Backs spur Horns to win in opener

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Joe Bergeron sprints up the field en route to a 54-yard run in the fourth quarter of Texas’ 37-17 season opening win against Wyoming. The running backs paced the Texas offense in the game, combining for 280 yards and four touchdowns.

Photo Credit: Elisabeth Dillon | Daily Texan Staff

David Ash may have been the headliner leading the game Saturday, but it was Texas’ rushing attack that stole the show.

Texas’ running backs combined for 260 yards and four touchdowns, pacing the Longhorns to a 37-17 victory over Wyoming.

“The running backs did great,” Ash said. “They really wore the D-line out during the game. As the game went on, we saw some big runs. Joe [Bergeron] and Malcolm [Brown] did a great job tonight.”

Heading into the game the backs would agree the goal was to rush for over 250 yards, and thanks to a strong second half performance they were able to eclipse that total. Most of the mileage came on the legs of Brown and Bergeron, who each surpassed the 100-yard mark (Brown 105, Bergeron 110) and contributed three touchdowns between them.

Most of their success came late in drives, when the backs’ size and ability to rotate in and out wore down the Cowboys’ defense. A process that Bergeron compared to construction work, well, construction on the defense that is.

“You have to pound them and eventually they’ll give it up,” Bergeron said. “It’s like hitting a wall basically, and after a while that wall will just crumble, and you’ll get to go through, and then you will get those big runs.“

While the backs were busy wearing down the Wyoming front seven, Ash was efficient in his role as a leader and a game manager.

He went 20-for-27 in the pocket for 156 yards and a touchdown. But most importantly, he avoided the costly turnovers that derailed many of his appearances in 2011. Ash did have one fumbled snap that gave Wyoming premium field position in Longhorn territory in the fourth quarter, but other than that, he controlled the game well.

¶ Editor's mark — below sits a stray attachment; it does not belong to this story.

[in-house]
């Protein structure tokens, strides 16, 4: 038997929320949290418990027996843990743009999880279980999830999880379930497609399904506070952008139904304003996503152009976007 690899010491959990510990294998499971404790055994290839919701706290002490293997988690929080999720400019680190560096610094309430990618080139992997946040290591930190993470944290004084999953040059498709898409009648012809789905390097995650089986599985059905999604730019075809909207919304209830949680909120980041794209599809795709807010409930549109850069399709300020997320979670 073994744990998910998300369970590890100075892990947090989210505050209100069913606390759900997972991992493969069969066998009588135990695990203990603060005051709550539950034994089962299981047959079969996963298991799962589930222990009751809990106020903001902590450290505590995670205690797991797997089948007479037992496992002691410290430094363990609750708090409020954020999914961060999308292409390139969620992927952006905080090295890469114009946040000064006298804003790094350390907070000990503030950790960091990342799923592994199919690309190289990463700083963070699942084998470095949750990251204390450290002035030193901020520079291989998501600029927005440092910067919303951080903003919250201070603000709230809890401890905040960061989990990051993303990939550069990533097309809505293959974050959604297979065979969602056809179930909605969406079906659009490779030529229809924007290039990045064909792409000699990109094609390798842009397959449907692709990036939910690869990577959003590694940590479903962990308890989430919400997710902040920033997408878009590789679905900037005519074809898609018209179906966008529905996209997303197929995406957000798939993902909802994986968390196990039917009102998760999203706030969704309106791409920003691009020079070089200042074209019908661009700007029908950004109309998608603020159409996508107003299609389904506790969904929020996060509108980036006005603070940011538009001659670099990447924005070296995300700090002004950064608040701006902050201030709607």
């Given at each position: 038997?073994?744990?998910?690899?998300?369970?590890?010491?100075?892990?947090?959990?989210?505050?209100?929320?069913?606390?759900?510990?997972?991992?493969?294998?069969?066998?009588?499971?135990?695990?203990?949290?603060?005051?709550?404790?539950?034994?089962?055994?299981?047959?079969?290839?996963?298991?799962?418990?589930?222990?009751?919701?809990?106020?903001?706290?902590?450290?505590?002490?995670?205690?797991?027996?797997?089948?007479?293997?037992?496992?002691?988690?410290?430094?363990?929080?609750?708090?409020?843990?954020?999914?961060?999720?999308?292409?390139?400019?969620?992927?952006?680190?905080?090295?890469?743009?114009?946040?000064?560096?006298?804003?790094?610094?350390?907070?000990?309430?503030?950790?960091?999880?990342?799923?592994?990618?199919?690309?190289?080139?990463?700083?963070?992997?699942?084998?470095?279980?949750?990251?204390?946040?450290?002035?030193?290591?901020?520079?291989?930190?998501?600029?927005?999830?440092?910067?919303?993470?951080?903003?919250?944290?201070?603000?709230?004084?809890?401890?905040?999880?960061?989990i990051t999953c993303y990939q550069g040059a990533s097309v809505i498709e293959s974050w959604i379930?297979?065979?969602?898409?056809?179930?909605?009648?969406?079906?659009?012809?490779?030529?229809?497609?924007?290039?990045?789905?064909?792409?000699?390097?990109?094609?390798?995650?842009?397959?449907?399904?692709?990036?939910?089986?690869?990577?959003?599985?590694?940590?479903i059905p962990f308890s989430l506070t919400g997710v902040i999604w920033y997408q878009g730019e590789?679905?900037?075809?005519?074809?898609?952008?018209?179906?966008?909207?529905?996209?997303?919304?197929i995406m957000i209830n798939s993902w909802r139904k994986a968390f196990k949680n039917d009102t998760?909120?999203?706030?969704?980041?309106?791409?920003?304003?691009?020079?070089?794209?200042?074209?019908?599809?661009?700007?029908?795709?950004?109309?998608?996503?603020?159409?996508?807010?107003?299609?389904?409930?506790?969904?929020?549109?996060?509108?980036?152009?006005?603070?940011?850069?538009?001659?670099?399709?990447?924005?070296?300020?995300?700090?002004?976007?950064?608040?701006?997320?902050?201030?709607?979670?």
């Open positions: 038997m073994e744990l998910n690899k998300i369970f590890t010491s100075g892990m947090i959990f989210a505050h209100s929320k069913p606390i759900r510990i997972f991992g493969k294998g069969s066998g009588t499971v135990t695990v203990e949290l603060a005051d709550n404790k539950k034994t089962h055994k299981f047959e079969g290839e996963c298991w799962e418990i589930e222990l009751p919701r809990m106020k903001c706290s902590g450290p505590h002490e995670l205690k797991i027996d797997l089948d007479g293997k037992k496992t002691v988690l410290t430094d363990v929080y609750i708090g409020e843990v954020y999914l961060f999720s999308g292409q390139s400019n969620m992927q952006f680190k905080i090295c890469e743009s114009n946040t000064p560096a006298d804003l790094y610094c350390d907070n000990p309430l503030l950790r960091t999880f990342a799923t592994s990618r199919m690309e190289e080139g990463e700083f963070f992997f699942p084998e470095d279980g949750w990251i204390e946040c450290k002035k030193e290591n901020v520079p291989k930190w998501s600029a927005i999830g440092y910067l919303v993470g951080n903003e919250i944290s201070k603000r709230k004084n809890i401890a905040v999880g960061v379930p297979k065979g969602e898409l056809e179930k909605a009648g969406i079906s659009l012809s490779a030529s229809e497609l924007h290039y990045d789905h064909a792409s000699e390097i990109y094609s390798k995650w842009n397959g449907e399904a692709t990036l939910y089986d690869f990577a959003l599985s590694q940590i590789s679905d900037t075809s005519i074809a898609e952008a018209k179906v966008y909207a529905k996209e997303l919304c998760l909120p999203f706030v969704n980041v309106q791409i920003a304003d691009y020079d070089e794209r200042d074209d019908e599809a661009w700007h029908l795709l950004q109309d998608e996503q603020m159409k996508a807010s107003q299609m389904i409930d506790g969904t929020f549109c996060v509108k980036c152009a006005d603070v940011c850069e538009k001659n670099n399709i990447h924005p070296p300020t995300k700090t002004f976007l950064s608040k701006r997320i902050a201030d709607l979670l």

Ash worked the underneath routes all game long, and was accurate on his short and mid-range throws. He left a few long pass attempts short, but overall, the coaches were pleased with what they saw.

“I thought David did a nice job,” co-offensive coordinator Bryan Harsin said. “David did everything we asked him to do. As far as decision-making goes, I am really proud of what David did. With the way they played us, that’s where those balls needed to go.”

However, the biggest play of the game didn’t happen on offense. With the Longhorns down 9-7 in the second quarter, Wyoming quarterback Brett Smith lofted a deep pass over the middle that looked like it might go for a big gain. But senior safety Kenny Vaccaro swooped in to undercut the route and snatch the ball, then turned on the jets for a return of 19 yards. From that point on, Texas went on a 17-0 run to enter halftime.

Head coach Mack Brown called the interception “the play that made the difference in the game.”

It wasn’t all perfect for the Texas defense. As a group, the Longhorns gave up some big plays through the air, and the 82-yard touchdown pass they allowed in the first quarter really bucks the team’s mantra of not allowing game-changing completions.

But Texas forced two turnovers — Carrington Byndom followed Vaccaro with a pick of his own — and blocked an extra point. The defense was also stingy on third downs, only allowing the Cowboys to convert on 1 of their 11 attempts. With the good and the bad, it was a game defensive coordinator Manny Diaz can use as a teaching tool.

“There are a lot of things that we saw,” Diaz said. “I don’t think anything was terrible and as a coach that is what you want. We just need to get back and start fixing the mistakes.”